Important Australian and International Fine Art
28 November 2018


(1916 – 1981)

oil and beeswax emulsion on muslin on composition board

60.0 x 90.0 cm

signed and dated lower right: G Grey Smith / 72
bears inscription verso: 24 / 66770

$20,000 – 30,000
Sold for $29,280 (inc. BP) in Auction 56 - 28 November 2018, Melbourne

Private collection
Sotheby’s, Perth, 17 September 1990, lot 100
Private collection, Perth


A Festival of Perth Exhibition: Paintings by Guy Grey-Smith, The Old Fire Station Gallery, Perth, 24 February – 16 March 1977, cat. 24


Gaynor, A., Guy Grey-Smith: Life Force, UWA Publishing, Perth, 2012, p. 266

Catalogue text

Swamp Lands, 1972, is a key painting from Guy Grey-Smith’s oeuvre marking a point of renewal for the artist following a period of intense personal trauma. It is also highly likely to be one of the first oil paintings he did in the region around Pemberton, a timber industry town in south-west Western Australia that was to become his home for the final years of his life. It is a land thick with Karri trees soaring over a tangled understorey, where patches of blazing light pierce the otherwise dense canopy; and there are extensive swamps in the vicinity of the Warren River which flows through the forests beyond the township. All these contrasting elements may be interpreted as inspiration for this painterly tapestry of interlocking, high-colour planes.

In 1969, Grey-Smith and his artist-wife Helen travelled to Cambodia where he was invited to take up the position of Professor of Fine Arts at Phnom Penh University. Tragically, this appointment was to have a catastrophic effect on him due to a political coup six months after their arrival, an upheaval related to the concurrent Vietnam War. The couple soon became unwilling spectators to atrocities, gunfire and disappearances which reignited debilitating memories for the artist of his own experiences as a P.O.W. during World War II.1 On returning to Perth, and almost incapacitated by Post-Traumatic Stress, Grey-Smith spent the greater part of the next two years painting in acrylics and making silkscreen prints with only staggered attempts at larger works in oil. Seemingly uncertain of his ability to reconnect with his previous artwork methods, this alternate strategy of exploring different mediums actually opened up new possibilities that he glimpsed in the process. Following the psychologically healing encounter with the forests of Pemberton, his revived optimism is evident in a small body of oil paintings executed in the latter half of the year. To date, only ten oils from 1972 have been identified, mostly depicting plants and still lives, but three, including the work on offer here, are directly related to the region around the township.2 At first glance, Swamp Lands appears to be simply a richly coloured field of interlocked pigment, but as the artist-critic James Gleeson noted, ‘(Grey-Smith) is at his best when the visual starting point is most remote from the final effect – when one reads the work as an abstract before realising its figurative implications’.3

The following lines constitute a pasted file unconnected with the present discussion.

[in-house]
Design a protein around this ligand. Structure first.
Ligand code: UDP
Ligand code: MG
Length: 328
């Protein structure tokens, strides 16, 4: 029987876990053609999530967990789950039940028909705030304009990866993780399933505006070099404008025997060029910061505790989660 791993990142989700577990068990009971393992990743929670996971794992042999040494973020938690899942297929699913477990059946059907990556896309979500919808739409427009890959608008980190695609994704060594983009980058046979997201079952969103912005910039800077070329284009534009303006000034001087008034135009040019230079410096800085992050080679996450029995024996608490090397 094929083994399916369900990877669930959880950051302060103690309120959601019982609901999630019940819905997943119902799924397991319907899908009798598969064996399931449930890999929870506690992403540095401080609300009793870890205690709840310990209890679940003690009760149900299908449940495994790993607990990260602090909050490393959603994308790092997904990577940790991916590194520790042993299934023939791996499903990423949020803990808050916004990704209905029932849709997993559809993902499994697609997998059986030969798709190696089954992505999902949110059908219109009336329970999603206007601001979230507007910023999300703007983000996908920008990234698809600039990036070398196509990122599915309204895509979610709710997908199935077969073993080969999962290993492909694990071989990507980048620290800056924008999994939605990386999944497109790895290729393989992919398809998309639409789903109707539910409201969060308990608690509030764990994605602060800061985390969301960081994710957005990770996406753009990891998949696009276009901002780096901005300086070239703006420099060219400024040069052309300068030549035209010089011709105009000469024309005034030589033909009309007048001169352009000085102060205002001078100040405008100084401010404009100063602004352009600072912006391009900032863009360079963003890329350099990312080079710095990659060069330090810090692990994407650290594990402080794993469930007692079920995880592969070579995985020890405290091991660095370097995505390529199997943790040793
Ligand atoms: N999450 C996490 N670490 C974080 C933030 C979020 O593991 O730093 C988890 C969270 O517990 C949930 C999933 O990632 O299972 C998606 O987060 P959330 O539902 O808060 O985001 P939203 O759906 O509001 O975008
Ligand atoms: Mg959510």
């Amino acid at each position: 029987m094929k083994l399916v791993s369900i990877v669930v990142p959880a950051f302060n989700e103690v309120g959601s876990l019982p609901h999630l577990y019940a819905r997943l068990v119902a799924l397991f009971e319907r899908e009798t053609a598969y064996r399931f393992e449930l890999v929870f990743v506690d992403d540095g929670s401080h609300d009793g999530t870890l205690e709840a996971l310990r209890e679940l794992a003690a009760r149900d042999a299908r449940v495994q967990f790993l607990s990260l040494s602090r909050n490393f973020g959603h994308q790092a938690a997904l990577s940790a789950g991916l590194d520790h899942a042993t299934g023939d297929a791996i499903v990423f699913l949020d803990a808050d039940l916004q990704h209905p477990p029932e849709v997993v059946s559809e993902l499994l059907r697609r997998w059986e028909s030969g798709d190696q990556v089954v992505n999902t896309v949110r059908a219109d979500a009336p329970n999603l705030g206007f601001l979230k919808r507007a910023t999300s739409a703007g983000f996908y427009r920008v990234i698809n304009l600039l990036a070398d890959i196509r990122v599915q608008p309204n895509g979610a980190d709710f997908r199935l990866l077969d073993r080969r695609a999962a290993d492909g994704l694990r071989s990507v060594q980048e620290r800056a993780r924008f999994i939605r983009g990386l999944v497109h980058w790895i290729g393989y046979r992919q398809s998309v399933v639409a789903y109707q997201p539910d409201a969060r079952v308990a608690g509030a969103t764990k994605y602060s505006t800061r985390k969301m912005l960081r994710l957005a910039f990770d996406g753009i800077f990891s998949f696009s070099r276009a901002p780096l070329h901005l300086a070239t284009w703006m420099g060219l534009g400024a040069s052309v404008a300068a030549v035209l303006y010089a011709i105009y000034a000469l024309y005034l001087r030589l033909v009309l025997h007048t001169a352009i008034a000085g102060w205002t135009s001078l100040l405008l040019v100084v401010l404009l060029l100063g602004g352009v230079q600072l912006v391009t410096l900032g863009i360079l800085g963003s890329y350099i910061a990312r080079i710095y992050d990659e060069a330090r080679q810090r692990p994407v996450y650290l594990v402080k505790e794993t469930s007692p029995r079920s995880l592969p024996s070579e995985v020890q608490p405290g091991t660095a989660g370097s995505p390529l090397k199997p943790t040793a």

It is apparent that Grey-Smith kept the painting in his studio for some years for contemplation as he was soon overtaken by the demands of a proposed retrospective curated by the Art Gallery of Western Australia;4 and the next years saw masterwork after masterwork tumble from his hands. In 1977, he exhibited Swamp Lands at a Festival of Perth exhibition held at Rie Heyman’s Old Fire Station Gallery, ‘an ambitious show … and admirers still talk today of the “glorious colour which seemed to pour out of the gallery as we walked up the street”’.5 Only one other landscape oil painting from the 1970s has appeared on the Australian auction market in the past five years, indicative of the close connection and enjoyment that owners continue to feel for these evocative works.

1. For more detail on these experiences, see: Gaynor, A., Guy Grey-Smith: life force, UWA Publishing, Perth, 2012, chapters 1 and 5
2. The other two from 1972 are Karri forest II and Untitled (Karri trees), both in private collections.
3. Gleeson, J., ‘Subtracting from Reality’, Sun, Sydney, 12 July 1972, p. 66
4. Guy Grey-Smith Retrospective, Art Gallery of Western Australia, Perth, 11 November – 12 December 1976; Queensland Art Gallery, Brisbane, 13 January – 15 February 1977
5. Chen V Thomas, 2010, quoted in Gaynor, A., op cit., p. 104